In the past, Barack Obama has shown a fairly sophisticated understanding of the role of faith and politics. In his June 26, 2006, Call to Renewal speech, for example, Obama argued that Democrats should both support separation of church and state and be more welcoming of the proper role of faith in the public square. Obama also referred to his opponent in his 2004 Senate race, Alan Keyes. Toward the end of that campaign, Keyes had declared that “Jesus Christ would not vote for Barack Obama.” In his 2006 speech, Obama argued:
Now, I was urged by some of my liberal supporters not to take this statement seriously, to essentially ignore it . . . what they didn’t understand, however, was that I had to take Mr. Keyes seriously, for he claimed to speak for my religion, and my God. He claimed knowledge of certain truths. Mr. Obama says he’s a Christian, he was saying, and yet he supports a lifestyle that the Bible calls an abomination. Mr. Obama says he’s a Christian, but supports the destruction of innocent and sacred life. And so what would my supporters have me say? How should I respond? . . . I answered with what has come to be the typically liberal response in such debates—namely, I said that we live in a pluralistic society, that I can’t impose my own religious views on another, that I was running to be the U.S. Senator of Illinois and not the Minister of Illinois. But Mr. Keyes’s implicit accusation that I was not a true Christian nagged at me.
Obama concluded his speech by telling of a thoughtful letter he had received from a pro-life doctor who objected to some incendiary language that was posted on Obama’s website, but which Obama, to his credit, had removed. Obama, saying he felt a “pang of shame,” concluded his speech by saying that that night, he said a prayer of his own—”a prayer that I might extend the same presumption of good faith to others that the doctor had extended to me.”
I point out all this because of what Obama said in a call to religious leaders to generate support for ObamaCare. Obama accused his critics of “bearing false witness.” Obama went on to say: “These are all fabrications that have been put out there in order to discourage people from meeting what I consider to be a core ethical and moral obligation: that is that we look out for one another, that I am my brother’s keeper, I am my sister’s keeper. In the wealthiest nation on earth right now, we are neglecting to live up to that call.”
In a different phone call, with 1,000 rabbis, Obama is quoted as saying, “I am going to need your help in accomplishing necessary reform. . . . We are God’s partners in matters of life and death.”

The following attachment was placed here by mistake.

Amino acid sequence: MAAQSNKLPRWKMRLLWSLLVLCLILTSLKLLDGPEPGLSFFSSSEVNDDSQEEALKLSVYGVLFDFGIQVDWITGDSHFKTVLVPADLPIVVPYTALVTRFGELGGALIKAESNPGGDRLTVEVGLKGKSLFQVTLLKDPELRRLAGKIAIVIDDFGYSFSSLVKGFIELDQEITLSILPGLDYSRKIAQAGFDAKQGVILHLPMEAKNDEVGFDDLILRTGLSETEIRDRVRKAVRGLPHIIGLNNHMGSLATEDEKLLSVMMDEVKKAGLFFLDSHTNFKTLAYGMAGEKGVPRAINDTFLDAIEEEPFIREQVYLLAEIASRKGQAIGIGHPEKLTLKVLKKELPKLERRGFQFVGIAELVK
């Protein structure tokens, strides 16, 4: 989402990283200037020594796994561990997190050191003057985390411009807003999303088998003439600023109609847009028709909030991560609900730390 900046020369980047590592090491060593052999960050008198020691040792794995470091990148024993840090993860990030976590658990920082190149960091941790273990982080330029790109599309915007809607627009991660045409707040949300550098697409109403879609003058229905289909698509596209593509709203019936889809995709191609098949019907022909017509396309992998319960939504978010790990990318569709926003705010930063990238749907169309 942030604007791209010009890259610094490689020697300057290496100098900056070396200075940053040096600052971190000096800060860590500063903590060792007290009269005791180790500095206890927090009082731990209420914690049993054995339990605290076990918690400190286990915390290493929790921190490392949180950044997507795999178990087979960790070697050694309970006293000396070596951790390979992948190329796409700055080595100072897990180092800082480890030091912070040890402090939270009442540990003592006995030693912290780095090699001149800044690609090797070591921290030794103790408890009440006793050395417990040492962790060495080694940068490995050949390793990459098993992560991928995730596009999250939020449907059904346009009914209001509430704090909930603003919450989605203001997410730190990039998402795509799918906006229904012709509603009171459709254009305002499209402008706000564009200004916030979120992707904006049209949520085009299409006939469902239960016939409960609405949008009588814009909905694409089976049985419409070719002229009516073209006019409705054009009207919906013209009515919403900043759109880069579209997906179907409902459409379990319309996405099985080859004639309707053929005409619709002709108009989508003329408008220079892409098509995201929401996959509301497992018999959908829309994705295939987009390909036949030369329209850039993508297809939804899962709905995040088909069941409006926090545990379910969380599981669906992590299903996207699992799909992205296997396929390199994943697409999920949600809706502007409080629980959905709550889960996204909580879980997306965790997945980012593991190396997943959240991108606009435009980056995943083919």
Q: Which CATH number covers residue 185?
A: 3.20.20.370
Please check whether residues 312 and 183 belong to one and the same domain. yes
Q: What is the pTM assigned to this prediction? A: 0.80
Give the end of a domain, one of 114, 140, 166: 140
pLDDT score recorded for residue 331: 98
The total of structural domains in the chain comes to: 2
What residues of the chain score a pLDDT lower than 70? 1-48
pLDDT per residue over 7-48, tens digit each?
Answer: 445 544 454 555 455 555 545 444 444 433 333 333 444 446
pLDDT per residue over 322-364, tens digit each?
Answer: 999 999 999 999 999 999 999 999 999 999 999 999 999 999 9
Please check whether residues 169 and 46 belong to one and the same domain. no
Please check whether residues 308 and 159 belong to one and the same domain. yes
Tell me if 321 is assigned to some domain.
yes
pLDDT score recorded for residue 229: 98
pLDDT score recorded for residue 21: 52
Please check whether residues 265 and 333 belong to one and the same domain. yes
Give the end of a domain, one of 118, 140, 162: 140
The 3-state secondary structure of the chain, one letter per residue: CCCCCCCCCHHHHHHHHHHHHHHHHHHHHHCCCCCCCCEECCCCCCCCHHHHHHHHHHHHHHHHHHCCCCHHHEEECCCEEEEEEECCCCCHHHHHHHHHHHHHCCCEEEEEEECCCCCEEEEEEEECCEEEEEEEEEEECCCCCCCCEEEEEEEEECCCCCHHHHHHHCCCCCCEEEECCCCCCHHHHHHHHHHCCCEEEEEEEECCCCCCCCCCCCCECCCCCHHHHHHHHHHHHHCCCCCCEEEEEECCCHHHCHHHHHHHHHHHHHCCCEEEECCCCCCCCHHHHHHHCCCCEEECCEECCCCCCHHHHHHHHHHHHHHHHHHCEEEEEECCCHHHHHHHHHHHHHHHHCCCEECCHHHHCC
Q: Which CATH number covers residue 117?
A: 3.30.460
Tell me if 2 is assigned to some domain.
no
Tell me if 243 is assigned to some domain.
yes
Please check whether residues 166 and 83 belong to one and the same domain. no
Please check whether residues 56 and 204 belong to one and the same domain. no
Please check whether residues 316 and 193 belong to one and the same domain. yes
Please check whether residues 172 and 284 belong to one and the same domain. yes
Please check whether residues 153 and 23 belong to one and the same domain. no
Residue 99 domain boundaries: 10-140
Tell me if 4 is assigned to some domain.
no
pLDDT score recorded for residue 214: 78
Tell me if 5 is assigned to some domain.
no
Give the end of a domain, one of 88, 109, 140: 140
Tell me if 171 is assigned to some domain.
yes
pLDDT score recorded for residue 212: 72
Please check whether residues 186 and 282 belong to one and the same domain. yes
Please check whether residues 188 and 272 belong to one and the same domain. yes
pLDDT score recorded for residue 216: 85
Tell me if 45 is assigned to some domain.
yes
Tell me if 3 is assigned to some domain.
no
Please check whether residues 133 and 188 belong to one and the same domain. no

There are two issues to untangle in all this. The first is that, in accusing his critics of “bearing false witness,” Obama draws attention to his own hypocrisy. The president has repeatedly made false statements about his health-care plan—about what it would cost, what its consequences would be, the Medicare cuts it would entail, and the commitments and endorsements he has received. The president has every right to insist that his opponents are accurate when making criticisms of his plans, and some of them haven’t been. But Obama, who occupies the most powerful office in the world, has an obligation to tell the truth as well—and Obama’s record on this matter is disquieting and even alarming.
The second issue has to do with Obama’s attempt to use religious language to advance a political end—in this case, the nationalization of American health care. I welcome politicians making moral arguments informed by their religious faith, though these arguments should be based on reason, subject to scrutiny, and accessible to those who don’t share one’s faith. Lincoln on slavery is a model of this.
Where Obama is getting into dangerous territory is when he takes a biblical injunction—we have a moral obligation to care for one another—and strongly implies that his health-care plan has God’s imprimatur. It is one thing to think theologically about public matters; it is quite another to describe what the right “Christian position” is. The temptation for people of faith who are in politics is to enunciate a principle—justice, compassion, peace, the rights and dignity of the individual, stewardship of the earth—and simplistically connect the dots, as if the principle itself easily translates into an obvious policy. It rarely does. And those who play this game create all sorts of confusion.
The purpose of Obama’s call to religious leaders was to create an implicit syllogism: if you love God and your neighbor, you will support ObamaCare. If Obama does not believe this, he has a responsibility to say so. Because as it now stands, based on the context of his comments (which was to urge those leaders to work on behalf of his health-care plan), this is a reasonable inference.
Some of us have criticized the Religious Right for making precisely this error—for portraying complex policy questions as ones for which there is only one obvious and “godly” answer; for denying that people of goodwill can disagree on which policies advance the common good; and for portraying those who hold differing views as cartoon figures driven by questionable or corrupt motives. This mindset is what Senator Obama warned against—but something that President Obama seems eager to embrace.
Engaged in a fierce public debate, with support for his health-care plans plummeting, Obama is jettisoning the subtlety and careful parameters about which he once spoke. He denies to others the presumption of good faith he once sought. One can only hope he feels a pang of shame at what he is doing—and that he pulls back before he creates a divisive and ugly conflict among people of faith.